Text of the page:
3 Things Entrepreneurs Need to Know About Corporate Resolutions
Not to be confused with New Year’s resolutions, corporate resolutions are official documents that record formal decisions and actions approved by your board of directors (or members, if you run an LLC) on behalf of the company. If you’ve been tasked with putting these documents together and have never done so before, take a moment to check out our advice for entrepreneurs on the ins and outs of corporate resolutions.
1) Corporate resolutions can be about any topic.
Yep, corporate resolutions can be on just about any subject and there are many situations in which you need a specific resolution to cover a transaction. Some common ones include:
- Assigning a lease.
- Authorizing a contract.
- Selling real estate.
- Terminating a lease.
- Defining which individuals are authorized to act on behalf of a corporation. (A requirement by banks in order to open up an account.)
2) While corporate resolutions aren’t always requirement, it’s good to maintain them.
Corporate resolutions aren’t always required, but keeping solid records indicates the actions taken by, and on behalf of, the corporation. For example, some corporate resolutions may be passed by the Board of Directors while others are passed by the shareholders. And sometimes, these resolutions must be passed by both groups.
As a rule of thumb, keep all records, resolutions, and minutes of your corporation in your corporate minute book. This book must be maintained for no less than six years, as sometimes a shareholder will inspect the books to make sure the corporation is still operating in its best interests. Should the actions of the board of directors ever be challenged, having these documents organized and up-to-date will prove to be helpful.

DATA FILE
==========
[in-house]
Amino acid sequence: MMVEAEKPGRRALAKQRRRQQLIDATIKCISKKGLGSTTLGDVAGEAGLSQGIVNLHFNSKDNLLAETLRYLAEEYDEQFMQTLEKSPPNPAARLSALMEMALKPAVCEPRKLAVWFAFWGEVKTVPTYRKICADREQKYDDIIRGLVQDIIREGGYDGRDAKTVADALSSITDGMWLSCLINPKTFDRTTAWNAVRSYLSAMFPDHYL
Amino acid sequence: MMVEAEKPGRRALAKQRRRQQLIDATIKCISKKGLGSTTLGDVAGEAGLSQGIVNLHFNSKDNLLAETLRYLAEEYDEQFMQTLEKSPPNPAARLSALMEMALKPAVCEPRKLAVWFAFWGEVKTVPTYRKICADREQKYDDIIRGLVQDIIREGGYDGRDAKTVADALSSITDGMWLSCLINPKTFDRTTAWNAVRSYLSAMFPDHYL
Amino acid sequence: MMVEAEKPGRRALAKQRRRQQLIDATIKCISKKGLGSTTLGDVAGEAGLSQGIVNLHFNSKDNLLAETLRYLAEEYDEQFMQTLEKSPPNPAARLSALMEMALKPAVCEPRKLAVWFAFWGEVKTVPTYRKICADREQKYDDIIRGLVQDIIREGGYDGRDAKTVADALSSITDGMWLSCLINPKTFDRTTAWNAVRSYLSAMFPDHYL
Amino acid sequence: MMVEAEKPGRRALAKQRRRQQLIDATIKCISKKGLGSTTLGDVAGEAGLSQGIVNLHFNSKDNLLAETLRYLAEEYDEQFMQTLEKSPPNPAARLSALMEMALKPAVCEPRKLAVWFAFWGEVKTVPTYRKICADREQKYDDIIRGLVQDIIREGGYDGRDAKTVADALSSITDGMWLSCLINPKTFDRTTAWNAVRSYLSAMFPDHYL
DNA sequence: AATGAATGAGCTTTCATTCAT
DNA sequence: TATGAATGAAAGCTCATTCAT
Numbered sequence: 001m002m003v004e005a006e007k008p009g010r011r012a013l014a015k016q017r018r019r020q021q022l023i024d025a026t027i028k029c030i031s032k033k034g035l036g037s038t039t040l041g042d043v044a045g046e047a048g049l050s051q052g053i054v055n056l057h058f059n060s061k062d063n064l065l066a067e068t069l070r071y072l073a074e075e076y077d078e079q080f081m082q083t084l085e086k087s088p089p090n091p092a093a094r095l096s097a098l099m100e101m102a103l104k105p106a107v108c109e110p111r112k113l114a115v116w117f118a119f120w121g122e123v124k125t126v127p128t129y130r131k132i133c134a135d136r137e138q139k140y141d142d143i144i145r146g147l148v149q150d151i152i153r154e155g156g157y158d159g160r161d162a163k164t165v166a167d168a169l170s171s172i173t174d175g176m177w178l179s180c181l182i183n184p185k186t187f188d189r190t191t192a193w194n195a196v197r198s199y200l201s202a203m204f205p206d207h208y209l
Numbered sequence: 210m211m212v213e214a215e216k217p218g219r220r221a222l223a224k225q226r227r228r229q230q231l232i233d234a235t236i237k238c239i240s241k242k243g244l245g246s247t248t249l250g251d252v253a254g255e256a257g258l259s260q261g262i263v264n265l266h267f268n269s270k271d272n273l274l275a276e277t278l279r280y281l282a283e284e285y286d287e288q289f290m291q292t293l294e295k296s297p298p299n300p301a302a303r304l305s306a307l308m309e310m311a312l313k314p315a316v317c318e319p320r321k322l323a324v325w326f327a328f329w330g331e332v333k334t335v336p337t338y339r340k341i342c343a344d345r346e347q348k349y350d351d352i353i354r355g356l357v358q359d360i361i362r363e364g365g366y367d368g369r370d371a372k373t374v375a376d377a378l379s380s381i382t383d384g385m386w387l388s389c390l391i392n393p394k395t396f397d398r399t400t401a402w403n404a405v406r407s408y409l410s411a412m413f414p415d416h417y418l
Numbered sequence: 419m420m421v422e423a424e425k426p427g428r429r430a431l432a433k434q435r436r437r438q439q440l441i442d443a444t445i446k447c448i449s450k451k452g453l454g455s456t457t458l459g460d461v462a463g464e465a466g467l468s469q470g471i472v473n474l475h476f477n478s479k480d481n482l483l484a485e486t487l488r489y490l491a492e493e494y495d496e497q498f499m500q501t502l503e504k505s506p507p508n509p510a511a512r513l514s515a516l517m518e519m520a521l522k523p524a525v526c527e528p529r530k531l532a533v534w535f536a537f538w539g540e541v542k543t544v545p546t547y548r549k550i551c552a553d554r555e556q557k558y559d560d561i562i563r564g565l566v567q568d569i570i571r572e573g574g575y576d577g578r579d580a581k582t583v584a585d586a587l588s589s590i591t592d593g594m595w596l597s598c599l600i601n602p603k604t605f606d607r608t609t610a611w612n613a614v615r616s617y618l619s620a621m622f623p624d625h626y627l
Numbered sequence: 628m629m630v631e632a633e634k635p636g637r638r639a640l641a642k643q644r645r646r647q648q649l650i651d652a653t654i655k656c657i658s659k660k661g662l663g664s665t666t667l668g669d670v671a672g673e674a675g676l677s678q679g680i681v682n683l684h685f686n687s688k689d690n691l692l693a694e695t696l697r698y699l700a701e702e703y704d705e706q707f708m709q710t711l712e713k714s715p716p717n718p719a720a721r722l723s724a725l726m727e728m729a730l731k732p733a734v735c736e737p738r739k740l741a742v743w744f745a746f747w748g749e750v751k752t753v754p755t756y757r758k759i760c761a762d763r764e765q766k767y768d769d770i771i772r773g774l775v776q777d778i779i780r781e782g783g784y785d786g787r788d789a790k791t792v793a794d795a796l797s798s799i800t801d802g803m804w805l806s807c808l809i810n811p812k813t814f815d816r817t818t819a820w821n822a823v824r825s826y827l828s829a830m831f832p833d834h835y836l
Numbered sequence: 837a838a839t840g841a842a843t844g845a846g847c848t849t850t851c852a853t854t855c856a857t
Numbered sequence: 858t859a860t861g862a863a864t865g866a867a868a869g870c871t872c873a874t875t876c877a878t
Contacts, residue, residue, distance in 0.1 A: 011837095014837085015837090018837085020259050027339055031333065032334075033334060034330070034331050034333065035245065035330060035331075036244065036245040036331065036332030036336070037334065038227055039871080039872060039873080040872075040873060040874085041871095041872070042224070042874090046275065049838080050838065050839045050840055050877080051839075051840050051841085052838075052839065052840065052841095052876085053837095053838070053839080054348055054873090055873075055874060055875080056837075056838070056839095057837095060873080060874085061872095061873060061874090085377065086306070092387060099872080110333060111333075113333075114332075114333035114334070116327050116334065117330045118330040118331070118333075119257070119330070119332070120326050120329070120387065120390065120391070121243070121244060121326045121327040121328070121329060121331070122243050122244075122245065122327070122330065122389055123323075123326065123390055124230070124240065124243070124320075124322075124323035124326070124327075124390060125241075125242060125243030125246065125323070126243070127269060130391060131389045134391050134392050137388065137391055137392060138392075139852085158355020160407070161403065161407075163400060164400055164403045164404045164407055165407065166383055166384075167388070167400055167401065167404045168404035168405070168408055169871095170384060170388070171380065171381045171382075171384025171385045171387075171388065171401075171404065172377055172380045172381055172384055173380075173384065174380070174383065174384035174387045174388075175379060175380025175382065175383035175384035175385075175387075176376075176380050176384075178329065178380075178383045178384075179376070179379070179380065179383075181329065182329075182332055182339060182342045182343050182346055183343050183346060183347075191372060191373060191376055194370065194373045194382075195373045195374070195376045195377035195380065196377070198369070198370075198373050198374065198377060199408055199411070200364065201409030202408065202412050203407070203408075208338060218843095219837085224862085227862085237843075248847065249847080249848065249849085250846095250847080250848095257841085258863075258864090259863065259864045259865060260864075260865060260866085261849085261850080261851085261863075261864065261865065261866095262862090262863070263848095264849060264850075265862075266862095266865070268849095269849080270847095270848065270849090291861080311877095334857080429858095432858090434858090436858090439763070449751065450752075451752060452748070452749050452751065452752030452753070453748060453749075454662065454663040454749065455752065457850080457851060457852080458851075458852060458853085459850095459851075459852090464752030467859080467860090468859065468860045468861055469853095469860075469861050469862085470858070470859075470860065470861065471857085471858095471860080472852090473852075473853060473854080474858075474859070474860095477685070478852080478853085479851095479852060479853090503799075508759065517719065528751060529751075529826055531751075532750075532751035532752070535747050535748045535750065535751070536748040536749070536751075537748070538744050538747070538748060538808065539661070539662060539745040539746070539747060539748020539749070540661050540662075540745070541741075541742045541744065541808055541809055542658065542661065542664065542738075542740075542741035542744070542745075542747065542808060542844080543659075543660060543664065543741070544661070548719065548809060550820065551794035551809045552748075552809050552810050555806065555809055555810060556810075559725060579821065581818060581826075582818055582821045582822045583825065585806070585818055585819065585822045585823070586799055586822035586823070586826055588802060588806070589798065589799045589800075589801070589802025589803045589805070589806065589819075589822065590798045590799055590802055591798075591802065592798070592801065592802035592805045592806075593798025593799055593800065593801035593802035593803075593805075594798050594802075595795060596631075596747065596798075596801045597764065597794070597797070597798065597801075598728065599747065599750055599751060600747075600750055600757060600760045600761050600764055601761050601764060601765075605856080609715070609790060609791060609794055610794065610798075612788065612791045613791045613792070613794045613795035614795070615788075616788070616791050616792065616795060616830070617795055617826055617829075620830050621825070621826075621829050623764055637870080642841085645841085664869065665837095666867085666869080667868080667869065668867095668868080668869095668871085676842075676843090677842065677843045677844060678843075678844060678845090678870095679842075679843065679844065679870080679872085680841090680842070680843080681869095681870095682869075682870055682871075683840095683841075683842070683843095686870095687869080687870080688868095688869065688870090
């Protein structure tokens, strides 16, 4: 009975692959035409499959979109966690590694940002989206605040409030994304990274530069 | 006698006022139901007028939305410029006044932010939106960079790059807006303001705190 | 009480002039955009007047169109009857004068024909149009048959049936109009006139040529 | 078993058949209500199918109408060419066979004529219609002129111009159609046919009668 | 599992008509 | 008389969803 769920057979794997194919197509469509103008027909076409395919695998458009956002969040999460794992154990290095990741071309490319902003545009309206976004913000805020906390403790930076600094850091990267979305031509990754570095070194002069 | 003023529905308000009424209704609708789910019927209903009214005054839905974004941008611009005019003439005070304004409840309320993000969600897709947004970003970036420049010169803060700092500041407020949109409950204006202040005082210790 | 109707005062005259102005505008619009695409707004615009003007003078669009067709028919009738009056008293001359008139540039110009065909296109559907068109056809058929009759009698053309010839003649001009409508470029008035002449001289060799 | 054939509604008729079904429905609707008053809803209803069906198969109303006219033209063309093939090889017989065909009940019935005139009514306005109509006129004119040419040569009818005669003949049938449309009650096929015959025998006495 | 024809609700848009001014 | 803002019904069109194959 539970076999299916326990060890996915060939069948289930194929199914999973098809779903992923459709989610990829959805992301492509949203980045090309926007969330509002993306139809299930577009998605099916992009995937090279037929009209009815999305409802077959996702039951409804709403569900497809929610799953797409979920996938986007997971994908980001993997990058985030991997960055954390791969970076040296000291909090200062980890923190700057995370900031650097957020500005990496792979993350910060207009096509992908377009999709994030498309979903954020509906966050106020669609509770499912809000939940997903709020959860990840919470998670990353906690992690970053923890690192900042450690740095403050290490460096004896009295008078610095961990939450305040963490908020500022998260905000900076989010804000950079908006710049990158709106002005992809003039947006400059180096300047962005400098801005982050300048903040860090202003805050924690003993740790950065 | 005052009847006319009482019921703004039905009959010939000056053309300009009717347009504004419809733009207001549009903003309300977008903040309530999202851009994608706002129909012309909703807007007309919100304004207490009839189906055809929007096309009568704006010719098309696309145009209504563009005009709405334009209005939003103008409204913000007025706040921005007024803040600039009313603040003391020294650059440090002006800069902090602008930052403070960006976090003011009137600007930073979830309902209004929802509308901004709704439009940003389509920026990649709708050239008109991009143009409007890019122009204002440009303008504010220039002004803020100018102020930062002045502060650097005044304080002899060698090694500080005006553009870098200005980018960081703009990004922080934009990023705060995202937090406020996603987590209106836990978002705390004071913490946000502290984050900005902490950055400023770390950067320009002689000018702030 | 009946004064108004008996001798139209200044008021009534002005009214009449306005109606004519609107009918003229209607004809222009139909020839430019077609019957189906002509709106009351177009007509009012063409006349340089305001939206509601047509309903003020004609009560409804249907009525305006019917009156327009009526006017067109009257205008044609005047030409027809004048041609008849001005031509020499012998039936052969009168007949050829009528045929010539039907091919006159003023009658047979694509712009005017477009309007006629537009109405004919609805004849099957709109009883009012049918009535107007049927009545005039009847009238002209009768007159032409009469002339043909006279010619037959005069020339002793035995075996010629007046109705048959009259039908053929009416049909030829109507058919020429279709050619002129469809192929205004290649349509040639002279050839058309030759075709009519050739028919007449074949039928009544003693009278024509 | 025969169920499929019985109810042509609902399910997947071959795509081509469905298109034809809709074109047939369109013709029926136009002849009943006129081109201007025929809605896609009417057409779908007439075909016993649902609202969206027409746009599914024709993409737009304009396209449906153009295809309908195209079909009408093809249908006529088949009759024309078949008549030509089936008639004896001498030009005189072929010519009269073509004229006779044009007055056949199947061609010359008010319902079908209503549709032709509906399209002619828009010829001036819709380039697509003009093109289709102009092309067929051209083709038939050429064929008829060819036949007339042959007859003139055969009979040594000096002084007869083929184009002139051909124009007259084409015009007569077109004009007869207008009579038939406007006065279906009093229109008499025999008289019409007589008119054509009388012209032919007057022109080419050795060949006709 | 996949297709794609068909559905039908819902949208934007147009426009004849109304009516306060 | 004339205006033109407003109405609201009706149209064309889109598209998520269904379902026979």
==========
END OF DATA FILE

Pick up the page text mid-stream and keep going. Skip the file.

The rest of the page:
3) Your state determines how your corporate resolutions are structured.
Depending on the state your corporation is organized in, the form and structure of your corporate resolutions will vary. Regardless, some corporate resolution attributes that generally remain the same include the following:
- At the top of the page, the phrase “corporate resolution” is stated, followed by the governing body (usually the board of directors) and the organization name.
- Resolutions are written as “RESOLVED” followed by the details of each decision. These are each listed separately from one another.
- The document ends by acknowledging that the information represented is true. The President, Vice President, Secretary, and Treasurer must all sign and date it.
If you still aren’t sure whether or not you need corporate resolutions, think about the decisions that are made by the board of directors or formalized by shareholders. It’s smart to document a legal record rather than rely on your own memory—or anyone else’s—if anything is questioned later on about those actions. Maintain your corporate resolutions and keep the records accurate of the decisions made, who made them, and when they were made to look back on as a point of reference.